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Obsessive-compulsive disorder (OCD)

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Obsessive-compulsive disorder (OCD) Obsessions are where thoughts and images appear and cannot be controlled in a person. Shafran 1999 believes it is a way of reducing or preventing the anxiety from other sources, maybe future events. They are mainly thoughts or images that include sexual, blasphemous or aggressive elements. Some examples of OCD put forward by Sanavio 1988, may be an impaired control over mental process, which can take the form of repetitive thoughts over some ones death. Concerns of losing control over motor behaviours of killing someone, fear of contamination by germs, as well as checking behaviours, like locked doors are also popular characteristics. Compulsions occur where an action is repeated over and over again in relation to the obsession. Compulsions may be a way of easing the obsessive thoughts that is put forward by the behaviourists, e.g. Shafran 1999 explained how people that have a fear of germ contamination may wash their hands thousands of times every day, even though more damage may be done in the long term. ...read more.


In this case, the behaviour was associated with the food. This is much like the classical and operant learning theories and the food is the rein forcer. As the behaviourists can explain the reason why obsessive-compulsive disorders persist, the reason why the obsessive thoughts developed in the first place is not covered. The Psychoanalytical view is where they suggest that obsessions serve the purpose of being a defence mechanism. They work by occupying the mind and displacing more threatening thoughts. Laughlin 1967 thinks of obsessions to be 'serving as a more tolerable substitute for subjectively less welcome thought or impulse'. However, factual evidence is hard to collect to support this view. The people suffering from the disorder would not be able to tell us whether or not the theory is correct if they themselves do not know what they are being protected from. It is also argued that intrusive thoughts of killing someone is the worst obsession, so if this was a substitute for a more stressful subject, what could the subject be? ...read more.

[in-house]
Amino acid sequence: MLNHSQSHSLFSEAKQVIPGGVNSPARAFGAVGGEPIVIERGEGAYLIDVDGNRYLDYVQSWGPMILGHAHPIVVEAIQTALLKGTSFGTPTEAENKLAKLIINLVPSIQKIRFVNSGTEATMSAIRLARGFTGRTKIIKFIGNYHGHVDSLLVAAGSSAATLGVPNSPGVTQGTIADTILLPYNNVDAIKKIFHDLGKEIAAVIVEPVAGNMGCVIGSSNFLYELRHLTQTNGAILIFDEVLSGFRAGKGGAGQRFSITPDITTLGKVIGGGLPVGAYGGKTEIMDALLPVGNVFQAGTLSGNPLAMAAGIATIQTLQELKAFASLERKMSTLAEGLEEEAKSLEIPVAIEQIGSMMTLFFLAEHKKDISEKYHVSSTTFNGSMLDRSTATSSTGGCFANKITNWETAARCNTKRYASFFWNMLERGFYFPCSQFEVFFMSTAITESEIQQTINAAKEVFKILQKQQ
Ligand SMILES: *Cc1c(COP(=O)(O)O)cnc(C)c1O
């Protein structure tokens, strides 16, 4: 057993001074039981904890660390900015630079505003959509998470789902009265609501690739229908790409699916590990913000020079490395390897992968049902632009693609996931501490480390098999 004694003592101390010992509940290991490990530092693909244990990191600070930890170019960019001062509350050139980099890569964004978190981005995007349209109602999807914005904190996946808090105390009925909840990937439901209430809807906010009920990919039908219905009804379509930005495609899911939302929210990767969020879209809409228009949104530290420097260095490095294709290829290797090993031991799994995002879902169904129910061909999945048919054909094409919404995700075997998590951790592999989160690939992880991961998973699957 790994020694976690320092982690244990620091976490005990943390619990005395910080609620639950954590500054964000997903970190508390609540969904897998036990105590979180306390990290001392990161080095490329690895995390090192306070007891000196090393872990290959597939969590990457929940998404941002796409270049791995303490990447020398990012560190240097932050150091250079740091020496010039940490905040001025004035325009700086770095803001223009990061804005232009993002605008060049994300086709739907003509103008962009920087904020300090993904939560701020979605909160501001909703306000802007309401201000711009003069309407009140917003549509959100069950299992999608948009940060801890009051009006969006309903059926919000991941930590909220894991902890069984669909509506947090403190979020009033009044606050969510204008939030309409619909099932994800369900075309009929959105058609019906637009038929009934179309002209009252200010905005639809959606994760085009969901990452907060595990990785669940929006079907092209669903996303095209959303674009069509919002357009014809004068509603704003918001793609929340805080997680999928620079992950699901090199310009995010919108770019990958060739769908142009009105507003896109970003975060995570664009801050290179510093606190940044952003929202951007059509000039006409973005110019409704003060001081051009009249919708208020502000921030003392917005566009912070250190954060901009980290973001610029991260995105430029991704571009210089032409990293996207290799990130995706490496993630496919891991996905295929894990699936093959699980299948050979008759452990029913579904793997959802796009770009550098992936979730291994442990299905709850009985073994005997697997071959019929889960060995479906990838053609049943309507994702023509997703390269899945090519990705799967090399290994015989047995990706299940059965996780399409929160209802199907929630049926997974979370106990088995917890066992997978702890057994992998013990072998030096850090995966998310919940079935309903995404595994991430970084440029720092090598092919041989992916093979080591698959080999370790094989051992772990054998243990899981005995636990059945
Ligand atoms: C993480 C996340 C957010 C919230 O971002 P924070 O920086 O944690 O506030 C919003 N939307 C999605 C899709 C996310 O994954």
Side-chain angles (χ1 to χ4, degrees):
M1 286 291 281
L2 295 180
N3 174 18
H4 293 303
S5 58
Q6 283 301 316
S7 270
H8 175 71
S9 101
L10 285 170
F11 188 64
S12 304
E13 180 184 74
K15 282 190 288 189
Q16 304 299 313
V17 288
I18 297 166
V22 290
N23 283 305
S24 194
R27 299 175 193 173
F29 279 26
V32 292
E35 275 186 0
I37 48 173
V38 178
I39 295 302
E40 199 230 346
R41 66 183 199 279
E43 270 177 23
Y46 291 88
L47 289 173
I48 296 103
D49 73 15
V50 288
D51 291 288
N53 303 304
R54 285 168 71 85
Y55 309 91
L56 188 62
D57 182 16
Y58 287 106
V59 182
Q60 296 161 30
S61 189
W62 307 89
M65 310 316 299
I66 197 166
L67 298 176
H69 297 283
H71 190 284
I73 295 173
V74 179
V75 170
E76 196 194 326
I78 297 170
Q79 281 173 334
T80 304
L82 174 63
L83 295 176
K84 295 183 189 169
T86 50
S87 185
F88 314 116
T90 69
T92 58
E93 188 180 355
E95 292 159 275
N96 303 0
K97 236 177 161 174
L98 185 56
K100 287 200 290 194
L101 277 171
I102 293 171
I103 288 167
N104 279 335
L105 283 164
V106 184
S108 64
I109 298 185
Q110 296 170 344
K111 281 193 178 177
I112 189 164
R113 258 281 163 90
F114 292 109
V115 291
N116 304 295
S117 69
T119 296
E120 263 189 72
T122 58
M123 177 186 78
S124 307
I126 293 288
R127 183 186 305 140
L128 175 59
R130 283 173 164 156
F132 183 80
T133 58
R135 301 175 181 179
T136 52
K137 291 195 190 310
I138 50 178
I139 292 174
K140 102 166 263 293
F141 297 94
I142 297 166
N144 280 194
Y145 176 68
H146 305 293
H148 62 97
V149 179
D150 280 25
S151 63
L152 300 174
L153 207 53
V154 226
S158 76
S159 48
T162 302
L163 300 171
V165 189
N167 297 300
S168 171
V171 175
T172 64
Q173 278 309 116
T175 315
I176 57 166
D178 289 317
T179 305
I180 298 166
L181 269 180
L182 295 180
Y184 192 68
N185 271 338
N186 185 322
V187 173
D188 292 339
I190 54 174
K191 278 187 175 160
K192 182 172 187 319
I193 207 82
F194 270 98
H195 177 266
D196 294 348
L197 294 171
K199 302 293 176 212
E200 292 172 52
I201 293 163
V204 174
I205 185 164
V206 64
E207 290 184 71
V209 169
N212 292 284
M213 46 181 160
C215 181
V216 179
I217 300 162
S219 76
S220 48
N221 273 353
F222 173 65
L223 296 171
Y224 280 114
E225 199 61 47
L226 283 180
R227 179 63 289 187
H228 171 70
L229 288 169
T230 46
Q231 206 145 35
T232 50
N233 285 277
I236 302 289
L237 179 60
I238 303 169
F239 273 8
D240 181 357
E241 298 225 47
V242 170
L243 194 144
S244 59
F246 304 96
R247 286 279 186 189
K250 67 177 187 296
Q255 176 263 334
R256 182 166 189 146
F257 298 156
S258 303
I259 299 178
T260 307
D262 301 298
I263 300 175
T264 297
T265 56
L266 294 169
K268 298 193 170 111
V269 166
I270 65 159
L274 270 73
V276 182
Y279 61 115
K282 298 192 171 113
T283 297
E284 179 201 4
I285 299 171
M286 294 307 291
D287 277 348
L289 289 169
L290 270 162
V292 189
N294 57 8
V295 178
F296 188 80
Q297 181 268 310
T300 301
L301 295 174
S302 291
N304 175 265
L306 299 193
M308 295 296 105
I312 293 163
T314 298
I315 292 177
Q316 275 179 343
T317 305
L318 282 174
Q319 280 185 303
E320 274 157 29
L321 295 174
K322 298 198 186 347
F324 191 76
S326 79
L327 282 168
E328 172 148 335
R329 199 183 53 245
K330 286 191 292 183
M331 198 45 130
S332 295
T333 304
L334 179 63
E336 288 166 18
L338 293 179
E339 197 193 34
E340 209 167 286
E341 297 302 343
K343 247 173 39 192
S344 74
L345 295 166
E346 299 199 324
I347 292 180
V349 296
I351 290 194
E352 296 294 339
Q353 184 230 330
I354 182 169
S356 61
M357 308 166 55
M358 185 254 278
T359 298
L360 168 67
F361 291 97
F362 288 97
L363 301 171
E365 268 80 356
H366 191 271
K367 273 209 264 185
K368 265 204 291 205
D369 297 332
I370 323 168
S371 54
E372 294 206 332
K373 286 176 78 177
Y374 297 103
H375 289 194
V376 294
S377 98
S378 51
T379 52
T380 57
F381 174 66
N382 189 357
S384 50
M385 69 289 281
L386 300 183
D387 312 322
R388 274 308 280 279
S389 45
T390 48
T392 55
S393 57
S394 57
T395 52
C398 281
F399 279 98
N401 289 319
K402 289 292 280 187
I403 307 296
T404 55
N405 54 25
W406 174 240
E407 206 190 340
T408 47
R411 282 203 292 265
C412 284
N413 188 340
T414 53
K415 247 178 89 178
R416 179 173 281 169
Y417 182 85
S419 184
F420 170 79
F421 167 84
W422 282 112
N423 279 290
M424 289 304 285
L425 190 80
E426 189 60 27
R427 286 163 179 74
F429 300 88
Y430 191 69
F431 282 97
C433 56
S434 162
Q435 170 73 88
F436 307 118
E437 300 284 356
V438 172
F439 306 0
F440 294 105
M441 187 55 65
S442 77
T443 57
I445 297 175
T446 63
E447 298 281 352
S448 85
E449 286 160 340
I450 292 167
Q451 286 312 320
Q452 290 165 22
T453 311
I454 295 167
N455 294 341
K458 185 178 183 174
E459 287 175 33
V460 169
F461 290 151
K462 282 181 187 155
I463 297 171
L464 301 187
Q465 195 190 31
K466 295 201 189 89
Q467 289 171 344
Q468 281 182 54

As the sufferers supposedly realise their condition, it would not be as hard to get evidence by talking to them. It would become quite reliable data provided the participants answer honestly. The behavioural model also lacks the details to the origin of obsessive thoughts, even though substantial evidence for why compulsive behaviour occurs was given. E.g. Shafran (fear of contamination) and Skinner (Superstitious theory with Pigeons). Working with animals however can cause argument against the fact that they are different to humans, therefore lacking in validity. The Psychoanalytical view had support from Luaghlin with the idea of obsessions to be substitutes for other ideas. What they missed was individual differences. The thought of killing someone may be thought of as the worst obsession but people may have different opinions to what they think is 'the worst' obsession. So maybe killing can be a substitute for something else after all. It is also quite hard to prove the theory by asking the sufferers. ?? ?? ?? ?? 12/10/01 ...read more.

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